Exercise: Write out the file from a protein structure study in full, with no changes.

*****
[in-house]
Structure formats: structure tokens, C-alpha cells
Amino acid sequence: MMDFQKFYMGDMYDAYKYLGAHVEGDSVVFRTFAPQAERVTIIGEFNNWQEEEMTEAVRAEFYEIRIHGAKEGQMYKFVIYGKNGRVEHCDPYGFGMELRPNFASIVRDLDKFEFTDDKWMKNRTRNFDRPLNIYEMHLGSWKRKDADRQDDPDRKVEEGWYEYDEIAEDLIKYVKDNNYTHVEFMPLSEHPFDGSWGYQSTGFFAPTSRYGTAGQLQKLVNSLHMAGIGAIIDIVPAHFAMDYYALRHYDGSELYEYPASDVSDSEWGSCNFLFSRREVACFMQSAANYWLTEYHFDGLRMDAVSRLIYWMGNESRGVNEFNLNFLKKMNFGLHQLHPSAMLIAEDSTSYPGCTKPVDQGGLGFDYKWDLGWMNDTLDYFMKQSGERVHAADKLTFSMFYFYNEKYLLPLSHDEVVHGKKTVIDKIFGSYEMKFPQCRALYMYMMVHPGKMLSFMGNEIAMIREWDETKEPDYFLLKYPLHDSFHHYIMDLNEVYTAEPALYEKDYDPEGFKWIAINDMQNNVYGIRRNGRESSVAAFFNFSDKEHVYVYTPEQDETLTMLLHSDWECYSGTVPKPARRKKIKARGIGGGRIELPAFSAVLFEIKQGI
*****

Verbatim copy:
[in-house]
Structure formats: structure tokens, C-alpha cells
Amino acid sequence: MMDFQKFYMGDMYDAYKYLGAHVEGDSVVFRTFAPQAERVTIIGEFNNWQEEEMTEAVRAEFYEIRIHGAKEGQMYKFVIYGKNGRVEHCDPYGFGMELRPNFASIVRDLDKFEFTDDKWMKNRTRNFDRPLNIYEMHLGSWKRKDADRQDDPDRKVEEGWYEYDEIAEDLIKYVKDNNYTHVEFMPLSEHPFDGSWGYQSTGFFAPTSRYGTAGQLQKLVNSLHMAGIGAIIDIVPAHFAMDYYALRHYDGSELYEYPASDVSDSEWGSCNFLFSRREVACFMQSAANYWLTEYHFDGLRMDAVSRLIYWMGNESRGVNEFNLNFLKKMNFGLHQLHPSAMLIAEDSTSYPGCTKPVDQGGLGFDYKWDLGWMNDTLDYFMKQSGERVHAADKLTFSMFYFYNEKYLLPLSHDEVVHGKKTVIDKIFGSYEMKFPQCRALYMYMMVHPGKMLSFMGNEIAMIREWDETKEPDYFLLKYPLHDSFHHYIMDLNEVYTAEPALYEKDYDPEGFKWIAINDMQNNVYGIRRNGRESSVAAFFNFSDKEHVYVYTPEQDETLTMLLHSDWECYSGTVPKPARRKKIKARGIGGGRIELPAFSAVLFEIKQGI